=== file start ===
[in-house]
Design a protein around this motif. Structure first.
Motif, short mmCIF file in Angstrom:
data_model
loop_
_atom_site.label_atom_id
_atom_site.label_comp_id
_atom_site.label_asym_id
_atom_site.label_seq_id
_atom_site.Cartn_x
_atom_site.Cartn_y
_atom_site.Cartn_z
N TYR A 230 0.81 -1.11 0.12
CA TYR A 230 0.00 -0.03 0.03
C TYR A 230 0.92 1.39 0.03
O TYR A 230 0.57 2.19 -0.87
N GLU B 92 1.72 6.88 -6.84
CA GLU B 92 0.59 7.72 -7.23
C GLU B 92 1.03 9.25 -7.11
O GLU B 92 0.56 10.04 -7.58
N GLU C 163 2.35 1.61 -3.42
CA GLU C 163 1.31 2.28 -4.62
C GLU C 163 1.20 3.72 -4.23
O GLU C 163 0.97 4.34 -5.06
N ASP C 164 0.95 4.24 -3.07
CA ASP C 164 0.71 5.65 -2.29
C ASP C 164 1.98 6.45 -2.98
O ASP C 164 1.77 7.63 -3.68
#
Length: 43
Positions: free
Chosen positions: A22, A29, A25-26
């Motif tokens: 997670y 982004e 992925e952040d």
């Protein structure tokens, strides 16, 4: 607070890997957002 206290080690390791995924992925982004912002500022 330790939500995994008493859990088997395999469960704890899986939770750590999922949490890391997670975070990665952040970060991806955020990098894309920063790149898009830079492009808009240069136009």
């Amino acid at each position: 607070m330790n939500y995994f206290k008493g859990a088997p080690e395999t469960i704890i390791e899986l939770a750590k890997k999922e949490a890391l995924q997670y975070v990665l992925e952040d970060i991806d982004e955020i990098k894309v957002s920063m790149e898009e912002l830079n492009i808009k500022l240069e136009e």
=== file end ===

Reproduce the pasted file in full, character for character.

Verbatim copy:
[in-house]
Design a protein around this motif. Structure first.
Motif, short mmCIF file in Angstrom:
data_model
loop_
_atom_site.label_atom_id
_atom_site.label_comp_id
_atom_site.label_asym_id
_atom_site.label_seq_id
_atom_site.Cartn_x
_atom_site.Cartn_y
_atom_site.Cartn_z
N TYR A 230 0.81 -1.11 0.12
CA TYR A 230 0.00 -0.03 0.03
C TYR A 230 0.92 1.39 0.03
O TYR A 230 0.57 2.19 -0.87
N GLU B 92 1.72 6.88 -6.84
CA GLU B 92 0.59 7.72 -7.23
C GLU B 92 1.03 9.25 -7.11
O GLU B 92 0.56 10.04 -7.58
N GLU C 163 2.35 1.61 -3.42
CA GLU C 163 1.31 2.28 -4.62
C GLU C 163 1.20 3.72 -4.23
O GLU C 163 0.97 4.34 -5.06
N ASP C 164 0.95 4.24 -3.07
CA ASP C 164 0.71 5.65 -2.29
C ASP C 164 1.98 6.45 -2.98
O ASP C 164 1.77 7.63 -3.68
#
Length: 43
Positions: free
Chosen positions: A22, A29, A25-26
């Motif tokens: 997670y 982004e 992925e952040d």
């Protein structure tokens, strides 16, 4: 607070890997957002 206290080690390791995924992925982004912002500022 330790939500995994008493859990088997395999469960704890899986939770750590999922949490890391997670975070990665952040970060991806955020990098894309920063790149898009830079492009808009240069136009």
């Amino acid at each position: 607070m330790n939500y995994f206290k008493g859990a088997p080690e395999t469960i704890i390791e899986l939770a750590k890997k999922e949490a890391l995924q997670y975070v990665l992925e952040d970060i991806d982004e955020i990098k894309v957002s920063m790149e898009e912002l830079n492009i808009k500022l240069e136009e």